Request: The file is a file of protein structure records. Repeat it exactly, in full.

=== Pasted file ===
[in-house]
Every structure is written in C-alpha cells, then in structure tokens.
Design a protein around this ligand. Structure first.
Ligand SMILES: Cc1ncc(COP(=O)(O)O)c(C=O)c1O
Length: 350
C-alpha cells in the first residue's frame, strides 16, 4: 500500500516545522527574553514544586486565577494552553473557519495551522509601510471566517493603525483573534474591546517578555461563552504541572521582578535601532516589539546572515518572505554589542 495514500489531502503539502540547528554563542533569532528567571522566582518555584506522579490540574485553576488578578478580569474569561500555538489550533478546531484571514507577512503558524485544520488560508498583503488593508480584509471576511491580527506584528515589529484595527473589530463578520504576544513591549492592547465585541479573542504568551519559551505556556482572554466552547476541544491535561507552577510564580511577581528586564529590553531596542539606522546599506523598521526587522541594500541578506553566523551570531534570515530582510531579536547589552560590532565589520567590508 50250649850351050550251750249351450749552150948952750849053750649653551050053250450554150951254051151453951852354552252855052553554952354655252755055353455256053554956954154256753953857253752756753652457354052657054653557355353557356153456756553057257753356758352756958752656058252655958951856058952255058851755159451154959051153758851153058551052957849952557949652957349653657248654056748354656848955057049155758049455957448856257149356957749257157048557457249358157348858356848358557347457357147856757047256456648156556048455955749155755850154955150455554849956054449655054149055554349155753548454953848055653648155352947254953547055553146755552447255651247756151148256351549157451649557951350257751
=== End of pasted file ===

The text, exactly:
[in-house]
Every structure is written in C-alpha cells, then in structure tokens.
Design a protein around this ligand. Structure first.
Ligand SMILES: Cc1ncc(COP(=O)(O)O)c(C=O)c1O
Length: 350
C-alpha cells in the first residue's frame, strides 16, 4: 500500500516545522527574553514544586486565577494552553473557519495551522509601510471566517493603525483573534474591546517578555461563552504541572521582578535601532516589539546572515518572505554589542 495514500489531502503539502540547528554563542533569532528567571522566582518555584506522579490540574485553576488578578478580569474569561500555538489550533478546531484571514507577512503558524485544520488560508498583503488593508480584509471576511491580527506584528515589529484595527473589530463578520504576544513591549492592547465585541479573542504568551519559551505556556482572554466552547476541544491535561507552577510564580511577581528586564529590553531596542539606522546599506523598521526587522541594500541578506553566523551570531534570515530582510531579536547589552560590532565589520567590508 50250649850351050550251750249351450749552150948952750849053750649653551050053250450554150951254051151453951852354552252855052553554952354655252755055353455256053554956954154256753953857253752756753652457354052657054653557355353557356153456756553057257753356758352756958752656058252655958951856058952255058851755159451154959051153758851153058551052957849952557949652957349653657248654056748354656848955057049155758049455957448856257149356957749257157048557457249358157348858356848358557347457357147856757047256456648156556048455955749155755850154955150455554849956054449655054149055554349155753548454953848055653648155352947254953547055553146755552447255651247756151148256351549157451649557951350257751